- The Washington Times - Monday, October 7, 2002

VATICAN CITY Drawing one of the Vatican's largest-ever crowds, Pope John Paul II yesterday bestowed the honor of sainthood on the founder of Opus Dei, a conservative Catholic organization whose rigorous defense of church teaching has won the pontiff's favor.
Police said more than 300,000 people turned out for Josemaria Escriva de Balaguer's canonization, overflowing from St. Peter's Square and filling several city blocks toward the Tiber River.
Many of those at the canonization came from Latin America, where Opus Dei has a strong foothold.
Making the pilgrimage from Fairfax Station, Va., was Austin Schmitt, an Opus Dei member who is deputy director of the Federal Maritime Commission in Washington.
"Today will help me to go back home and live the message of the saint to sanctify ordinary life," Mr. Schmitt said.
Sainthood for the Spanish priest who founded the group in 1928 came 27 years after his death one of the shortest waiting times in the Vatican's history.
The swift canonization underscored the pope's support for a group that critics say is too elitist, inculcates unthinking devotion among its followers and encourages secretive practices, including self-flagellation and the wearing of hair shirts.
Some Catholics, including some former Opus Dei members, contended Father Escriva was unworthy of sainthood because he was ill-tempered and arrogant.
Opus Dei says Father Escriva's leadership qualities were sometimes misunderstood and rejects the claims of elitism. Father Escriva held that sainthood need not require extraordinary deeds, but could be achieved by carrying out everyday tasks as well, such as being a homemaker or a lawyer.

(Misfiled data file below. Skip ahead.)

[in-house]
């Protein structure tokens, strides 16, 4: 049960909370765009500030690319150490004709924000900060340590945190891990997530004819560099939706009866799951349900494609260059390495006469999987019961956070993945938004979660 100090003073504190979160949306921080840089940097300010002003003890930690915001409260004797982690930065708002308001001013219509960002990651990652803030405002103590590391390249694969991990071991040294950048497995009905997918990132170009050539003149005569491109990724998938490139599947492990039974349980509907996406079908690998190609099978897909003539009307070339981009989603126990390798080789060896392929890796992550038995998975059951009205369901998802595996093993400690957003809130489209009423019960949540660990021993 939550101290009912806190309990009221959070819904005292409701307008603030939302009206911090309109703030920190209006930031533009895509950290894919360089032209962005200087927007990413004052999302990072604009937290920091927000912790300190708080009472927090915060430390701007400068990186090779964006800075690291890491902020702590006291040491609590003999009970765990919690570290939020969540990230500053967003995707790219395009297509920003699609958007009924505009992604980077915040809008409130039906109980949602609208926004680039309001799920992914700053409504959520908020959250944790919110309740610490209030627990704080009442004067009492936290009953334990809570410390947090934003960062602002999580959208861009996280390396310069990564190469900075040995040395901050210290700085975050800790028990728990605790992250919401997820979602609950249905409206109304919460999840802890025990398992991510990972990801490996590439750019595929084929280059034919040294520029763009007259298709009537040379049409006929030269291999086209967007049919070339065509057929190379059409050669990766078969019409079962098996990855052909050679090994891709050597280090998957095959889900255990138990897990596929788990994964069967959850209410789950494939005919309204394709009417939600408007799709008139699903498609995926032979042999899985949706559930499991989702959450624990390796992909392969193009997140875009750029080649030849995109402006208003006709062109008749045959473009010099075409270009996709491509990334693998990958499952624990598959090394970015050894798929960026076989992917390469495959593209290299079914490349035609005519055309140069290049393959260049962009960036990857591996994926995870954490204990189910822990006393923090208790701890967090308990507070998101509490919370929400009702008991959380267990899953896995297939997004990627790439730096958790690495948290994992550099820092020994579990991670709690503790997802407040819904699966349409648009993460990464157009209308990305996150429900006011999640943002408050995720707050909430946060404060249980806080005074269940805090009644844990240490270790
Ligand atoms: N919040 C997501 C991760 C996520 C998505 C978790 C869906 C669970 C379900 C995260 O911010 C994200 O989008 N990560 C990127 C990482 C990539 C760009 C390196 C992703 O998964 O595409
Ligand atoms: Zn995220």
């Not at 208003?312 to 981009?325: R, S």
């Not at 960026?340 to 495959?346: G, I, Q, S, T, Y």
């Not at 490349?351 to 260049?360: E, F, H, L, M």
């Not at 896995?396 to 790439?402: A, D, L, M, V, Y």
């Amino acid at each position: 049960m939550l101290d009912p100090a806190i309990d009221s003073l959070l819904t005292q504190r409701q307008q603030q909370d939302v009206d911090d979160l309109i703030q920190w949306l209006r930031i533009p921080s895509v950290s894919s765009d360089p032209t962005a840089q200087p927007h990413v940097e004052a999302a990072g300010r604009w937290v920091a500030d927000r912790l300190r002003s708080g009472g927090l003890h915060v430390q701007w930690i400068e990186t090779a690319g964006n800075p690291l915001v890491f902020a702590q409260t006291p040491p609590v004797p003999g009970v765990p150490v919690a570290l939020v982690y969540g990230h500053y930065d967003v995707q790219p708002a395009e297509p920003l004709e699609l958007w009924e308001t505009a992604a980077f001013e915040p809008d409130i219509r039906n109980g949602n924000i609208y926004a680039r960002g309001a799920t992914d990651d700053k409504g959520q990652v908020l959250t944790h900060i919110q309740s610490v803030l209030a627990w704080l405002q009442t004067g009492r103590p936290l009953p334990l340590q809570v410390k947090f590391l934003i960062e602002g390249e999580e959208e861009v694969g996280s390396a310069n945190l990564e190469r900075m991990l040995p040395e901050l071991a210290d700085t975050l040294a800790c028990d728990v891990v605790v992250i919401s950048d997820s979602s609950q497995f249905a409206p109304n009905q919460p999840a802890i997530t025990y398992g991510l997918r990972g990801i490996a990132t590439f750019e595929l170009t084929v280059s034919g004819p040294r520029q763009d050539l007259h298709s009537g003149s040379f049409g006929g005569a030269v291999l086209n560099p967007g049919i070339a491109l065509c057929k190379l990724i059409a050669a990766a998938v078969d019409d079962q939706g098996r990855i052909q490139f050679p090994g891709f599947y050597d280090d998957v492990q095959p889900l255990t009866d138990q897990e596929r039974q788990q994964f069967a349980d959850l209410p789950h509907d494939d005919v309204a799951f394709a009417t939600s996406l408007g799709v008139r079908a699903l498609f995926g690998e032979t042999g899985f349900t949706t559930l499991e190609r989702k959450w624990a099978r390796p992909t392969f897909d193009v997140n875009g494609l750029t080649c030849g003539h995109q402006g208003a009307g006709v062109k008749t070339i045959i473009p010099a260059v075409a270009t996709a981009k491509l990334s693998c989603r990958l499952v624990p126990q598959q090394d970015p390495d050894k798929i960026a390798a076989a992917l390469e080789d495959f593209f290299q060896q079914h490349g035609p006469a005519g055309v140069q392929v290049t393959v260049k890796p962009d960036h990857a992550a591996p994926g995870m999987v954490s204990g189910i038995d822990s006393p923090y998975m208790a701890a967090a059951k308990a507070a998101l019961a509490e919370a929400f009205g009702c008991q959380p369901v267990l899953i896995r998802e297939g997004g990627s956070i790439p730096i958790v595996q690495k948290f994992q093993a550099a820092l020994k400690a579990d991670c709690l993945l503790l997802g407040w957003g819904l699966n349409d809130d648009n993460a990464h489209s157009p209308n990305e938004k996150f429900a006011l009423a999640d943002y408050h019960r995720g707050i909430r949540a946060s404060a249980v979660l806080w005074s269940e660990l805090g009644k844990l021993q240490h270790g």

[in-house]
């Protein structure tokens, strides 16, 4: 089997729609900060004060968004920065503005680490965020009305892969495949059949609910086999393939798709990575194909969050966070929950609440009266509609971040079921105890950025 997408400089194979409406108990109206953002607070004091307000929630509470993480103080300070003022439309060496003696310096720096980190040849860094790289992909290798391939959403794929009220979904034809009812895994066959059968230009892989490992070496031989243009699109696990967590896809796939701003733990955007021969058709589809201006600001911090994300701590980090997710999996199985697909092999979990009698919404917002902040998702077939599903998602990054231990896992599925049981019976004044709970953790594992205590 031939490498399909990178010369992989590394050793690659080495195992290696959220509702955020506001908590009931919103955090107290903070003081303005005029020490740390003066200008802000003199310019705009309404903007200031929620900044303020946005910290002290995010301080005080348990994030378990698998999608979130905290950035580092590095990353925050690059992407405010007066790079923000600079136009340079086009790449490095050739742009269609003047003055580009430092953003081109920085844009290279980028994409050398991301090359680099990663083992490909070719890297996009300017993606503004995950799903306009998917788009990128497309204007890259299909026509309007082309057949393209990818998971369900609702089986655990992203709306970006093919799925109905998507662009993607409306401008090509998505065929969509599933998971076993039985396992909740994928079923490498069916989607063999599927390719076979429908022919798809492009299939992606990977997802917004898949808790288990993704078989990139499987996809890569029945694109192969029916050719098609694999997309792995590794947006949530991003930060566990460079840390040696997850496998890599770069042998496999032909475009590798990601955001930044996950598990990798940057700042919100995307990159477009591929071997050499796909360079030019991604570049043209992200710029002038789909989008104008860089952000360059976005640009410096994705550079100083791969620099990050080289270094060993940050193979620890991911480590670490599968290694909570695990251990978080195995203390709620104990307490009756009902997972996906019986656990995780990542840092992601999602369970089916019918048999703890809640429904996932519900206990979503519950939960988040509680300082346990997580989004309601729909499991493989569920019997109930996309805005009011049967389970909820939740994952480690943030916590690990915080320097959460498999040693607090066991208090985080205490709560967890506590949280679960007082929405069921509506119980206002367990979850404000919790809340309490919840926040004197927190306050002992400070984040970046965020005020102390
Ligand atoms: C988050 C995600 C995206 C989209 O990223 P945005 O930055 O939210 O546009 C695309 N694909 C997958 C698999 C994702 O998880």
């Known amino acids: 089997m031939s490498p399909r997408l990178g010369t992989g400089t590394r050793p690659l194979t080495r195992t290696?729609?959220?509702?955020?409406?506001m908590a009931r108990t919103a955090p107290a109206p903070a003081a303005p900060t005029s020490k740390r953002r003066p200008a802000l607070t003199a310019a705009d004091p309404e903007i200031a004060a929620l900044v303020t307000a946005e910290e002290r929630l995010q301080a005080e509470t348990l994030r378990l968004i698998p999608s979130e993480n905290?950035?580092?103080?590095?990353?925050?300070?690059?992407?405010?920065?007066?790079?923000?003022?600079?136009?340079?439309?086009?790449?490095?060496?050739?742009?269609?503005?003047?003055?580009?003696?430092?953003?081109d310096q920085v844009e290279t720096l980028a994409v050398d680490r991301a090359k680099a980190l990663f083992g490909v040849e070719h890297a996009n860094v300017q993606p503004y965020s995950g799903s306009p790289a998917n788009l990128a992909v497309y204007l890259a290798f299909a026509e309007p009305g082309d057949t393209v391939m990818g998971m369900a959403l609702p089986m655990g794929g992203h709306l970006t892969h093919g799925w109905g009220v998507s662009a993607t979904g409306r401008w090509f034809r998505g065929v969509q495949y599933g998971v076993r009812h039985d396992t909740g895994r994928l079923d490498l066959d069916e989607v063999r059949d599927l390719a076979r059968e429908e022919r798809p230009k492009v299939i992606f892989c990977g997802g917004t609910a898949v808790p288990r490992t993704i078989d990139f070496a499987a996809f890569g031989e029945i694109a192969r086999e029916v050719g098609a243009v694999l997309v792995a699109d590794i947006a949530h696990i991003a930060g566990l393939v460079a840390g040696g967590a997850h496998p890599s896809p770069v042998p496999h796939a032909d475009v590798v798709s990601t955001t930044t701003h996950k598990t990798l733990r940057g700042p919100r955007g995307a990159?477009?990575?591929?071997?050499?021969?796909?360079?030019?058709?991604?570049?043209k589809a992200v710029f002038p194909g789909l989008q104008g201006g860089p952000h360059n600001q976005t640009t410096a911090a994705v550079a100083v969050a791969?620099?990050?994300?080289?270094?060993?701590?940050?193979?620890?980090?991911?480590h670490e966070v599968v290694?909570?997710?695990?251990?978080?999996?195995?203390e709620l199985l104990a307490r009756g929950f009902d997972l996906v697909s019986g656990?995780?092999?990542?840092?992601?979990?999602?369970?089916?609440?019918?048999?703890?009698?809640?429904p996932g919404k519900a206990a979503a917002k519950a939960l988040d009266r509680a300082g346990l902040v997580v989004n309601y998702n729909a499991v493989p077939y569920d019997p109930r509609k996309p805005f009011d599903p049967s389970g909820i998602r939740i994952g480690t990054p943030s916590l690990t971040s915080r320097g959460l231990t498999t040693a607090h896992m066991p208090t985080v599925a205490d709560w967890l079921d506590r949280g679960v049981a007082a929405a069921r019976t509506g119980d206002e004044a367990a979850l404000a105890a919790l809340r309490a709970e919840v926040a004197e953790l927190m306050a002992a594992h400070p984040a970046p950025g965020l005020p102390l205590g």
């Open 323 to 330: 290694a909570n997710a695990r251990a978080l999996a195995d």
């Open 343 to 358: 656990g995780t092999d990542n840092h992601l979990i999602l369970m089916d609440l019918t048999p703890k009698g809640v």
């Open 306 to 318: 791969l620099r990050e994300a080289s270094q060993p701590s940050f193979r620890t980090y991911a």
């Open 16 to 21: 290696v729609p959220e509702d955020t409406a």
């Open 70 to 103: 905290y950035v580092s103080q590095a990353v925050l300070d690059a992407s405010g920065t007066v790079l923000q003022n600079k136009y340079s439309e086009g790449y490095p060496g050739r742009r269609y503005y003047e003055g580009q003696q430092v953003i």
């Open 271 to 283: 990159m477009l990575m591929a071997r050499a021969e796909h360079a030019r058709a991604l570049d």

Opus Dei, which is Latin for "God's Work," has more than 80,000 members, most of them from the laity and many of them holding top jobs in professions such as law, medicine, media and banking. It is led by a core of celibate professionals who often live in the organization's residences around the world. Membership also includes married people.
John Paul, dismayed by the flagging faith of many rank-and-file Catholics, has been intrigued by the group for decades. Yesterday, he called Father Escriva's teaching "current and urgent," saying the new saint "liked to reiterate with vigor that Christian faith opposes conformism and inner inertia."
In apparent reference to criticism of Father Escriva, the pontiff rallied to Father Escriva's defense in his homily, read from the steps of St. Peter's Basilica.
"Certainly, incomprehension and difficulties aren't lacking for one intent on serving with fidelity the cause of the Gospel," the pontiff said.
"No one can or should feel excluded from Escriva's vision of Christian holiness," said the pope's spokesman, Joaquin Navarro-Valls, a prominent Opus Dei layman.
In 1982, four years after becoming pope, John Paul made clear his favor for Opus Dei when he gave it the status of a personal prelature, roughly a kind of international diocese that did not have to report to a local bishop.
Last year, John Paul chose one of his new cardinals from Opus Dei's ranks when he selected Juan Luis Cipriani of Lima, Peru.


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